with  a huge debt due to Thomas Aquinas Burke '63 et al

1...My Aquinas (from the 2005 centennial)
2...The Story Behind the Aquinas Stories
3...Getting to Aquinas  
4...Learning the Social Graces at Aquinas
5...Aquinas Discipline
6...Random Aquinas Memories from T A Burke, ‘63
7...Forfeited Football Games-1962
8...The Aquinas Class Ring
9...The Yellow Bus
10...It Was Nearly a Riot 
11a. The Friars:  Fr. John Edward Keefer OP
11b. Fr. Rudolph Francis Vollmer OP
11c. Fr. John Aloysius Segren OP
11d. Fr. Michael Jordan Minichiello OP
11e. Fr. Harold Adrian Wade OP aka Fr. Adrian M Wade OP

My Aquinas  (from the centennial celebration)

Folks,   attending Aquinas College High School was not just attending a high school. It was a life experience that set the foundation of our lives. The Aquinas Spirit went beyond the official 760 school days of high school. Every Aquinas student became involved in the activities of the school. They were involved as a student, player, participant, contributor, or spectator on an equal basis. Compared to other schools, Aquinians were given a great deal of independence in managing their extracurricular class activities. 

As a member of the Class of 1963, my memories and experiences overlap those of the Aquinas Classes of 1960, 1961, 1962, 1964, 1965 and August of 1965. Each class had its class clowns, scholars, and regular students who made our school days interesting - to say the least. While I attended, Aquinas was a fully functioning high school having freshmen to senior classes with an average of 25 Priests, one layman (the coach) and one lay brother on the faculty. The decision to close was not made until 1962.

Many of us were following the footsteps of a relative: Grandfather – Father – Uncle – Brother – Cousin or even a Brother-in-Law. Every student’s mother was a member of the very active Aquinas Mother’s Club. Aquinas parents felt they were part of the school no matter what their profession or backgrounds were. This made complaining about school at home a virtually useless exercise. Several of us were proudly named after the school’s patron Saint, but that did not make school life any easier.  

From our first assembly, in September 1959, to our graduation on June 4, 1963, we were called Men of Aquinas. During those years we grew from youngsters to men under the watchful care of the white robed Dominican friars who, on formal occasions, definitely looked like monks when they added their cappa – a black cape with a hood. What made Aquinas so different – so unique and so memorable? The Answer – It was the Dominican Priests. Under their guidance we developed as individuals.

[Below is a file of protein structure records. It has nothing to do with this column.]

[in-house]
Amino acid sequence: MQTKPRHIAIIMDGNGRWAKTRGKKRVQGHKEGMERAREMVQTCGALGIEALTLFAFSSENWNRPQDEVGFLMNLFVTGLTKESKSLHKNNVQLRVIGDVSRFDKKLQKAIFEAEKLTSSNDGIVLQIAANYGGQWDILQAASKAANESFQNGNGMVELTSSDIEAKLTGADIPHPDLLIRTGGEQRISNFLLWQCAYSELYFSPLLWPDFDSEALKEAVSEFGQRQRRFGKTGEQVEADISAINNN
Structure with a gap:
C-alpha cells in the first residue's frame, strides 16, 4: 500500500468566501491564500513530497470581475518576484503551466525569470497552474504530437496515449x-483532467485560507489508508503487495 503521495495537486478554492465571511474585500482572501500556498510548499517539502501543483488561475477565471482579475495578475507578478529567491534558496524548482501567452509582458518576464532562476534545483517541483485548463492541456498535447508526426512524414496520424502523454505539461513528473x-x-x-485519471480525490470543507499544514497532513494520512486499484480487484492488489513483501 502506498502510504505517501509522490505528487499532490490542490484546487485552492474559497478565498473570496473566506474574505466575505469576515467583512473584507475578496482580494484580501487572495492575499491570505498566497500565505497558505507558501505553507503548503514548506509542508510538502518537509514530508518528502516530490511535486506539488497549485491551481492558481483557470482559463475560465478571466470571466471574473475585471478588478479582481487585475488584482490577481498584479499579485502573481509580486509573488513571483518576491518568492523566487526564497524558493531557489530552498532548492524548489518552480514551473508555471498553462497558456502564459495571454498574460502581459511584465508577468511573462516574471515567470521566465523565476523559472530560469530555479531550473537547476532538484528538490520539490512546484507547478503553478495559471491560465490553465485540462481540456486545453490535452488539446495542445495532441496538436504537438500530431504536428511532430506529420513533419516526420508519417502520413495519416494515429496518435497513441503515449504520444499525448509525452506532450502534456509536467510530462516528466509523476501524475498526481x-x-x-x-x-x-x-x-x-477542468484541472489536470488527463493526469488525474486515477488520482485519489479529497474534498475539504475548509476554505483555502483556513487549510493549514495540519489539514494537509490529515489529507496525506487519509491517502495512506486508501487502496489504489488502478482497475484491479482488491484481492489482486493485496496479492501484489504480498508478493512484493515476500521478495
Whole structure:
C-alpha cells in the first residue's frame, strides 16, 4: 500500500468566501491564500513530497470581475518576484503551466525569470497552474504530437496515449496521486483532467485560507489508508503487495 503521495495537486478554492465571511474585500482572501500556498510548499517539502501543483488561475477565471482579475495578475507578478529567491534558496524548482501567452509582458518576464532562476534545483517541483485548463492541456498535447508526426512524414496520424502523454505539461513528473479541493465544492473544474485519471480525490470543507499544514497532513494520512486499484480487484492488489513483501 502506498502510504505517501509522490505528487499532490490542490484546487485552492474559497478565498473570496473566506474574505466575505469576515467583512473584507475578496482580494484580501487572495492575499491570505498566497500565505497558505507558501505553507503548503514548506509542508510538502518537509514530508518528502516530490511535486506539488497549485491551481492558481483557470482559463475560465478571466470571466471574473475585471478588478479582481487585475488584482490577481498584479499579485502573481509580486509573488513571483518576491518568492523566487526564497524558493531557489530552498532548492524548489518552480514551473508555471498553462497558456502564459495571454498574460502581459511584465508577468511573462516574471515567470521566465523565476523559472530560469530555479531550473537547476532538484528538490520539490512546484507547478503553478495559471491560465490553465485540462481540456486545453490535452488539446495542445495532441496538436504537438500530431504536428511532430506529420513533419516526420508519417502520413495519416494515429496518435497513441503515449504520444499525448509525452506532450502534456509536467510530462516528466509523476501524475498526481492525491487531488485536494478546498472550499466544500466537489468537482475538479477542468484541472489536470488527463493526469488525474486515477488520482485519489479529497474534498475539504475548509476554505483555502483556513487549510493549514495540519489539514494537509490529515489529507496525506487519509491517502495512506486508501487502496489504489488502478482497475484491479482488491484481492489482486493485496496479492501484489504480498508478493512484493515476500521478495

The Dominicans were dedicated to the School – to the students and to God. Some spent a substantial part of their priestly ministry serving at Aquinas. (JR Smith 34 years, Minichiello 26, Segren 25, Vollmer 25, Crombie 24, Taylor 24,Thomas 23, Sheehan 23, McEniry 22, Grady 20, Sherer 14, Francis Clem McKenna 15 and Heuschkel 10 and Brother Luke 23). We had some excellent classroom teachers although many were probably overqualified. If you wanted an education, it was there for you. Outside the classroom, these priests gave us their time and talent by being Class Moderators – Coaches – Drivers – Advisors and Friends. During the 60 years of its existence – 198 Dominican priests served at Aquinas – 36 different Priests served from 1959 – 1965.

Yes! There was discipline at Aquinas. Although it sounds harsh today, that discipline, or even the threat of it, did prepare us for the realities of life. Unfortunately, the discipline is mentioned more than the everyday routine classes and studies, or the outstanding extracurricular activities that we enjoyed.

 If you forgot your tie, you had to borrow one from a friend or humbly go ask Fr. Smith for one. Fr. Smith’s ties seemed 4 times as wide as regular 1960’s ties. This prompted speculation that he got them from the Aladdin Circus Clowns. Believe it or not, some Aquinians never learned how to tie a tie. I remember one Senior, in the Class of 1960, who was proud that he wore the same tie for 4 years, and it had never been untied. It looked it.